WISE BLOOD (John Huston, 1979)By grunes
Sin is a trick on niggers. . . . Jesus is a trick on niggers. . . . There is no peace to the redeemed. — Hazel Motes, in Wise Blood
The legacy of Christianity in the South is this: It was a method for drawing obedience from African slaves. It promoted the obscenity that such obedience (to the overseer’s lash, for instance) constituted a kind of discipleship to Jesus, holding out hope for an eternal reward no matter the hardship of the slave’s mortal lot.
Flannery O’Connor’s novel about the early twentieth-century son of a preacher man becomes a powerful film thanks to a good ol’ atheist, John Huston. This was the director’s own favorite among his films.
Hazel Motes, the protagonist, is also an atheist. This isn’t theology; this is human—a reaction against his preacher-grandfather. But Motes can’t escape the family business. A cab driver mistakes him for a preacher because he looks like one. Motes starts up his own church: The Church of Truth Without Christ Crucified, because Christ’s blood redeemed no one. This becomes The Church of Truth Without Christ.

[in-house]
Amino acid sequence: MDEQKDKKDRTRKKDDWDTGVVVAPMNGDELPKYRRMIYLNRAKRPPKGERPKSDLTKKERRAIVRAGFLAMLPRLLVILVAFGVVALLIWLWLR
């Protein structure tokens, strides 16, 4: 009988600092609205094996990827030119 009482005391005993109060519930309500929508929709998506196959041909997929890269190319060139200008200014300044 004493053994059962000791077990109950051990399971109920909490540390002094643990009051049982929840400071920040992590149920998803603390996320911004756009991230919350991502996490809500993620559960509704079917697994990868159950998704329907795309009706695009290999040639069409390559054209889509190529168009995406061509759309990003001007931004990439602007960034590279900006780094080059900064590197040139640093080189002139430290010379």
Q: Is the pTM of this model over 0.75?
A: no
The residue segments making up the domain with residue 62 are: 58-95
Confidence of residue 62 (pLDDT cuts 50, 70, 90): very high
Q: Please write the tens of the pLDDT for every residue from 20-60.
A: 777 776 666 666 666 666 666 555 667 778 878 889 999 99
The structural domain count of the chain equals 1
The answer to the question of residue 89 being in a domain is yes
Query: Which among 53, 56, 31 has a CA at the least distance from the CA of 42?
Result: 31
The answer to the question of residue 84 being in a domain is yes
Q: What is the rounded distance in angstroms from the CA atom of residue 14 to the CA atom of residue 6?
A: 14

Through a series of stark color images, Huston achieves a vision of an ordinary world whose religious underpinnings render it, first, absurd and, finally, tragic. It remains cinema’s finest exploration of the role of religion in the culture of the United States, especially in the Bible Belt.
Brad Dourif beautifully plays Motes. Shame on us! Despite his Oscar nomination for One Flew Over the Cuckoo’s Nest (Milos Forman, 1975), we haven’t permitted this gifted actor the career we needed him to have. Nor have we been honest about the cruelty of Christianity in the American landscape.